Germany’s far-right, anti-immigration party, Alternative für Deutschland (AfD) party, has made huge strides in the three states that voted in regional elections on Sunday.
The German public was largely expected to punish Chancellor Angela Merkel’s Christian Democratic Union (CDU) party for her “open-door” policy towards refugees. Compared to 2011, Merkel’s party lost support in all three states while the actual voter turnout grew in every state.
The AfD’s biggest win came in Saxony-Anhalt, where the party earned 24.2% of the votes, making it the second biggest party in the state behind Angela Merkel’s Christian Democratic Union of Germany (CDU), which won 2.8% (compared to 32.5% in 2011).
Saxony-Anhalt has long been a fiefdom of the CDU and was the only one of the three states to have elected members of the National Democratic party of Germany (NPD) (another far-right party) in the 2011 regional elections.
In Baden-Württemberg, the AfD got 15.1% of the votes, making it the third biggest party in the state after the Greens (30.3%) and the CDU (27%). Baden-Württemberg has proved to be a huge defeat for the CDU (the only state it lost) losing 12% of the votes it had in 2011.
The voters in Rhineland Palatinate also showed their support for the AfD (12,6%) as it finished third behind the SPD (36.2%) and the CDU (31.8%).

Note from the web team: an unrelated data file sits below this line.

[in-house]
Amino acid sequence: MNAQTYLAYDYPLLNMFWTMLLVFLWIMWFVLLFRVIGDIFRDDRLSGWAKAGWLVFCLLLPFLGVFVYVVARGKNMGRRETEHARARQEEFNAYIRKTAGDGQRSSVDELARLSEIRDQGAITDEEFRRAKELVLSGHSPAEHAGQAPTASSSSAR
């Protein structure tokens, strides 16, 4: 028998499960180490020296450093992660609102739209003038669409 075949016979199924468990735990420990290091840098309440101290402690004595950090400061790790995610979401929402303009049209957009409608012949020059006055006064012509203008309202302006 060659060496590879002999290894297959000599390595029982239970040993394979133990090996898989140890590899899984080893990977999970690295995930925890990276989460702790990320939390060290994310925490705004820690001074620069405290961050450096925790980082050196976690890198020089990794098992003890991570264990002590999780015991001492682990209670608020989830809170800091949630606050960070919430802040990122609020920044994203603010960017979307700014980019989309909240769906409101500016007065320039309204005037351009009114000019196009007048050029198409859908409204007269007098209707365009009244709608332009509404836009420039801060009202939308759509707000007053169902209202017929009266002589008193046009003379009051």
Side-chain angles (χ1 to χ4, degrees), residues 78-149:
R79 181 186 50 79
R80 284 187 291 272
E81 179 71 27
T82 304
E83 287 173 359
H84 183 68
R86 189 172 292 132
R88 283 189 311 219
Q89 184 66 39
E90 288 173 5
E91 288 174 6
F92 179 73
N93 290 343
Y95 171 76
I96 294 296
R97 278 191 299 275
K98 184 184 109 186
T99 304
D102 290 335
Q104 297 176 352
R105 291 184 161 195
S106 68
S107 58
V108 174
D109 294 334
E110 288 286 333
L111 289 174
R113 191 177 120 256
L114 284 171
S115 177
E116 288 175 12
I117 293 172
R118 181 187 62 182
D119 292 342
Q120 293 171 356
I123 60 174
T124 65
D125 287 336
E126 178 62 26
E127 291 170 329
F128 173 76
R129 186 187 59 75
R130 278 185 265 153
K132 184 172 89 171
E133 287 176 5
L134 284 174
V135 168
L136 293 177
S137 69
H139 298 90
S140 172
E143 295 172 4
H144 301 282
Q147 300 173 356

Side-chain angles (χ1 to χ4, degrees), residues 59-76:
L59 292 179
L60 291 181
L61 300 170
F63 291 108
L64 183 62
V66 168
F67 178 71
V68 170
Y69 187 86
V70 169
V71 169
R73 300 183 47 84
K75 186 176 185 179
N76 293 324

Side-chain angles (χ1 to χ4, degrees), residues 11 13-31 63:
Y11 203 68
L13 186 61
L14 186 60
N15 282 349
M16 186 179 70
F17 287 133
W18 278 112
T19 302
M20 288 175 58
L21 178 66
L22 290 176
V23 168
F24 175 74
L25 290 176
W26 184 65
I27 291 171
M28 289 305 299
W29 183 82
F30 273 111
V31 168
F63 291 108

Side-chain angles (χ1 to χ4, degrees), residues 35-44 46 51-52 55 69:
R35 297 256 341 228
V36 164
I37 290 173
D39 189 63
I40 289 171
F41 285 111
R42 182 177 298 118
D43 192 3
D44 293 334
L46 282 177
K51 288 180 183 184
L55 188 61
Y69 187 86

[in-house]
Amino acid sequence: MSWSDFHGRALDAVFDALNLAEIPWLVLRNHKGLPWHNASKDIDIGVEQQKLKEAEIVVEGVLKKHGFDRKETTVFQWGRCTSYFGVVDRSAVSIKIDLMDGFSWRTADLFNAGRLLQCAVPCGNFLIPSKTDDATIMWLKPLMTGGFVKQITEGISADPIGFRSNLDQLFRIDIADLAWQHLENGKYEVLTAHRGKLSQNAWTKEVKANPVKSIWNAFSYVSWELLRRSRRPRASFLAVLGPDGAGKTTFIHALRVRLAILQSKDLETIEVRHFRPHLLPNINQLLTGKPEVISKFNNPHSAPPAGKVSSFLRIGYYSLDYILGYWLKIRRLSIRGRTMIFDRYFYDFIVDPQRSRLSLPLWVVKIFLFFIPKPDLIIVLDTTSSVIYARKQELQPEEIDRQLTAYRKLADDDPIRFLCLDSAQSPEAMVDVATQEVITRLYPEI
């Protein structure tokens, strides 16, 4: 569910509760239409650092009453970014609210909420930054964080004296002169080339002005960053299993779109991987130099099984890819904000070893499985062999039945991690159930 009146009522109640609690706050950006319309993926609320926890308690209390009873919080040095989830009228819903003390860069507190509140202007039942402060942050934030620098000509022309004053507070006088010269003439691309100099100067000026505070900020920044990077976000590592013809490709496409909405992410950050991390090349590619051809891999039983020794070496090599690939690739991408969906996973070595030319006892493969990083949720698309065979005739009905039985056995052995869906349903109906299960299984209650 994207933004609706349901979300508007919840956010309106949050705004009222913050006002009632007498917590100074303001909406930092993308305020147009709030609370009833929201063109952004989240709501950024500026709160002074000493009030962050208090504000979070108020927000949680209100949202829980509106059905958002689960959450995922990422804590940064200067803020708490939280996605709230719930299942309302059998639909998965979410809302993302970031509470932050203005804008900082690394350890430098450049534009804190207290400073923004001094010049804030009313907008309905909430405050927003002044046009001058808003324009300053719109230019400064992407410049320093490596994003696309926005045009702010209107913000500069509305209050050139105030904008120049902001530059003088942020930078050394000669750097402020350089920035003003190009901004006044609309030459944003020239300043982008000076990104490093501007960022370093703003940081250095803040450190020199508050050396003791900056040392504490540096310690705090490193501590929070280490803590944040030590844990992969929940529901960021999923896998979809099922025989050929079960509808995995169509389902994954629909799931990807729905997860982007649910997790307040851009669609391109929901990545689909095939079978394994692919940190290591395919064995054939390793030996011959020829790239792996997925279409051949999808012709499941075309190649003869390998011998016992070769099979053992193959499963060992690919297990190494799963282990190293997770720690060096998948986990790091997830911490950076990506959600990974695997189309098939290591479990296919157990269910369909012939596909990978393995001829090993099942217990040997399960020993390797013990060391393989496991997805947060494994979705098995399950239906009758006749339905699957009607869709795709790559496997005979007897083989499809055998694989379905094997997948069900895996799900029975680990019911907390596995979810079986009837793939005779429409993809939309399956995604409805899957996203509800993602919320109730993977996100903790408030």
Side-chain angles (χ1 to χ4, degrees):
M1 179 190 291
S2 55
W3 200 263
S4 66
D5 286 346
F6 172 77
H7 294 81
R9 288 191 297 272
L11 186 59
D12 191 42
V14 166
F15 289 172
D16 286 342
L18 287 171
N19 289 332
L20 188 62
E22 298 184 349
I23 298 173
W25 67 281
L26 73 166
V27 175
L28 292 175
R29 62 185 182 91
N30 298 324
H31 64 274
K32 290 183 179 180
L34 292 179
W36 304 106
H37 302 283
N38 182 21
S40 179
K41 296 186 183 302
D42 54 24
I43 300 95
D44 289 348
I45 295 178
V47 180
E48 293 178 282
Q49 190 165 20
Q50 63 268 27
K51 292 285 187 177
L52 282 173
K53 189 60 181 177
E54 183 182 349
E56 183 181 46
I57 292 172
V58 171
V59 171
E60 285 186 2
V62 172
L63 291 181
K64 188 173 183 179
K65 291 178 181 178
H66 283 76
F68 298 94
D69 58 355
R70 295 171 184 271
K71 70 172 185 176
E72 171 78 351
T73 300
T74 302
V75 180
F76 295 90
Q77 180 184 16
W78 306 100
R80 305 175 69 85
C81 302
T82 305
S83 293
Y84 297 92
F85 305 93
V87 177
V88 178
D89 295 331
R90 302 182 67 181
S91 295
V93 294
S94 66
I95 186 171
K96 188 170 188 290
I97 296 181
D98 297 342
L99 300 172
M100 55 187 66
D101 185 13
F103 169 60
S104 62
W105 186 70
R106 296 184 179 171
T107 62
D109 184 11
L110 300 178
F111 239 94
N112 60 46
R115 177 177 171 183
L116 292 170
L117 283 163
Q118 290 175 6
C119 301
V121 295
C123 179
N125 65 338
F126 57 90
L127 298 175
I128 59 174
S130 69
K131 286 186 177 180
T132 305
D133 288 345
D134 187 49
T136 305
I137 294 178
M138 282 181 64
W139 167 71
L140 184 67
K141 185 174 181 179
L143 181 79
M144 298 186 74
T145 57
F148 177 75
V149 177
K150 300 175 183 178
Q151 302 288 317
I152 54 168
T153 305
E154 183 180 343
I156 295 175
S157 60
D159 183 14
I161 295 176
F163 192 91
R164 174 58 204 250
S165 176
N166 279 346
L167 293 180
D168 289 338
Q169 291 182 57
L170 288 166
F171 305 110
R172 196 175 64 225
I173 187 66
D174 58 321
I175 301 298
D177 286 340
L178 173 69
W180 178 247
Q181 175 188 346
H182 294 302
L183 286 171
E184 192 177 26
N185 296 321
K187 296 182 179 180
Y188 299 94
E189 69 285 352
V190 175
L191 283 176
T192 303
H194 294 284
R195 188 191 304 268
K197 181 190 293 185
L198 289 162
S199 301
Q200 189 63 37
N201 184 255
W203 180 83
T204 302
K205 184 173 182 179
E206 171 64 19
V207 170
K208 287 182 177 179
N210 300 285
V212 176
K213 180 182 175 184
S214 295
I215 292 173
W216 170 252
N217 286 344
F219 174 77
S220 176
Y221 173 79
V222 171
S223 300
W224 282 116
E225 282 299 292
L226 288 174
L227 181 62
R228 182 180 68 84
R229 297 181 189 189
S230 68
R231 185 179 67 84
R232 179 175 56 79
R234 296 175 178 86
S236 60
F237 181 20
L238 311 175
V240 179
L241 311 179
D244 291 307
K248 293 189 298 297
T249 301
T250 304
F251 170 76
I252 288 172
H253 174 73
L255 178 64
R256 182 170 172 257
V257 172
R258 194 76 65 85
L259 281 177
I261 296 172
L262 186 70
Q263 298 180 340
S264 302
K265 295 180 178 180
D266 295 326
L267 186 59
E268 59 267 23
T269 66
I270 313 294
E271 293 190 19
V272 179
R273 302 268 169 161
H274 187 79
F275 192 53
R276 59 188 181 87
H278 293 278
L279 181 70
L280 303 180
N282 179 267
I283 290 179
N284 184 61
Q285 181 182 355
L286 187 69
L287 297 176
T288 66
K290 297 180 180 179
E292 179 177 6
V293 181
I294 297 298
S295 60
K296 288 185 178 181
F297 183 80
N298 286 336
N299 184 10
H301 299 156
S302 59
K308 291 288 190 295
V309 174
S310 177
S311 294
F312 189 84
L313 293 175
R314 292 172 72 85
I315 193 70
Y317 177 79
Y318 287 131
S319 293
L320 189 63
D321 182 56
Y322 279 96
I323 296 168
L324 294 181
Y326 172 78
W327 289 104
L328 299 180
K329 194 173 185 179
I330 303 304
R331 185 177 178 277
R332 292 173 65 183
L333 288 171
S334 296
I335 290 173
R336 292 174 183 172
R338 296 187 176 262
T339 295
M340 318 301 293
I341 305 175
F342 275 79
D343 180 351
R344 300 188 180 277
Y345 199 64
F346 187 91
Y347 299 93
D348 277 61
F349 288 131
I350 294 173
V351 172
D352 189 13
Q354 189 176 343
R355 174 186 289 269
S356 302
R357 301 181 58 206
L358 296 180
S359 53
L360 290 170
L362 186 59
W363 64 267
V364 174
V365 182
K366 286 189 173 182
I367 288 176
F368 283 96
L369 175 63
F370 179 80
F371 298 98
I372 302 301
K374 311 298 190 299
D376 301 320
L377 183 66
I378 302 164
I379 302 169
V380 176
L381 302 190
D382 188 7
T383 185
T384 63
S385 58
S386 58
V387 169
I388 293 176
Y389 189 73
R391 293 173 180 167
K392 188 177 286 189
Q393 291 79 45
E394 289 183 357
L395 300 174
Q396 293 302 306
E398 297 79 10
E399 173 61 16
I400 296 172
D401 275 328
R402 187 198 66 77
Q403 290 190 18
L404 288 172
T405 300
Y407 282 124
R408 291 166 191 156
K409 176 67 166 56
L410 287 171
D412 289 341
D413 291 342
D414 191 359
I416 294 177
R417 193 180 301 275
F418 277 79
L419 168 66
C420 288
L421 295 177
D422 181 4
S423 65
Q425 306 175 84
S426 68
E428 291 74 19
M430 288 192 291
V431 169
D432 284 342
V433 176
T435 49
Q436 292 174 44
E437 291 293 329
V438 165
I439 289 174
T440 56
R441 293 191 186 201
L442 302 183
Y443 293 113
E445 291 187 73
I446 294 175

The result of the votes reflects a German public increasingly weary of Merkel’s “Wir schaffen das,” (“We can do this”) motto as the country grapples with accommodating and processing over one million refugees who made their way to the country in 2015.
The German mood surrounding the refugee crisis significantly shifted after mass sex attacks on New Year’s Eve in Cologne that were mostly carried out by men of Middle Eastern and North African origin.
German media and politicians have called on Merkel to change her policy as the results of the elections were coming in.
On Monday, Germany’s economic newspaper Handelsblatt ran on its front page a cartoon of Merkel struggling to lift up weights painted with the German flag with the title “Wake-up call.”
The newspaper Sueddeutsche Zeitung ran an editorial arguing that “The AFD is more dangerous than the NPD was,” and an editorial in Die Welt asked whether the election results would “shake the Chancellor awake?”
Again though, Merkel’s biggest critics are those who are supposed to support her. Andreas Scheuer, the general secretary of Bavaria’s Christian Social Union, sister party of the CDU, said the government needed to find quick ways to limit the number of refugees coming into the country.
“This result has shown a lot of protest voters have expressed discontent on the biggest issue — the refugee topic — so all of the established parties that stood for election in the three states need to draw the conclusion ‘we have understood’,” Scheuer said on German radio Deutschlandfunk.
On Twitter, a member of the CDU suggested on that the way the government had decided over the refugee policies was akin to how decisions are made in a dictatorship.
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